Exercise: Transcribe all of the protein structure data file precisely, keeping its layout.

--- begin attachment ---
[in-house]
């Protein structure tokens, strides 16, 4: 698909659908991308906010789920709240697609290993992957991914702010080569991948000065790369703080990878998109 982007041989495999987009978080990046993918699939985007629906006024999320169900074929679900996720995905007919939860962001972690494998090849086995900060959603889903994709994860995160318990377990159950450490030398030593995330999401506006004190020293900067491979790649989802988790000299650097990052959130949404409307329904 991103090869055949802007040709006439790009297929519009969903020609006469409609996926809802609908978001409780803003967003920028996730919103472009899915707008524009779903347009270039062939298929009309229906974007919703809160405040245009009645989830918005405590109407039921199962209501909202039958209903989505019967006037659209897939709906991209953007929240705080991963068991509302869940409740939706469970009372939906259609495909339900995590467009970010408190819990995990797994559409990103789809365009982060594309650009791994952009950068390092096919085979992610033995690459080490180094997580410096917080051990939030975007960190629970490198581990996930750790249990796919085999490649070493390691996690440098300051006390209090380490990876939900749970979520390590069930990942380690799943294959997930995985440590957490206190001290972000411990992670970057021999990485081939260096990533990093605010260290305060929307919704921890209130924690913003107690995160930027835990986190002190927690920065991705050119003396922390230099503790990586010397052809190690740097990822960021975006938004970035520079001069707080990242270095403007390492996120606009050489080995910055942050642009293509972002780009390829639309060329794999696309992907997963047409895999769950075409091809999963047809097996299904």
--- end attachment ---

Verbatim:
[in-house]
């Protein structure tokens, strides 16, 4: 698909659908991308906010789920709240697609290993992957991914702010080569991948000065790369703080990878998109 982007041989495999987009978080990046993918699939985007629906006024999320169900074929679900996720995905007919939860962001972690494998090849086995900060959603889903994709994860995160318990377990159950450490030398030593995330999401506006004190020293900067491979790649989802988790000299650097990052959130949404409307329904 991103090869055949802007040709006439790009297929519009969903020609006469409609996926809802609908978001409780803003967003920028996730919103472009899915707008524009779903347009270039062939298929009309229906974007919703809160405040245009009645989830918005405590109407039921199962209501909202039958209903989505019967006037659209897939709906991209953007929240705080991963068991509302869940409740939706469970009372939906259609495909339900995590467009970010408190819990995990797994559409990103789809365009982060594309650009791994952009950068390092096919085979992610033995690459080490180094997580410096917080051990939030975007960190629970490198581990996930750790249990796919085999490649070493390691996690440098300051006390209090380490990876939900749970979520390590069930990942380690799943294959997930995985440590957490206190001290972000411990992670970057021999990485081939260096990533990093605010260290305060929307919704921890209130924690913003107690995160930027835990986190002190927690920065991705050119003396922390230099503790990586010397052809190690740097990822960021975006938004970035520079001069707080990242270095403007390492996120606009050489080995910055942050642009293509972002780009390829639309060329794999696309992907997963047409895999769950075409091809999963047809097996299904």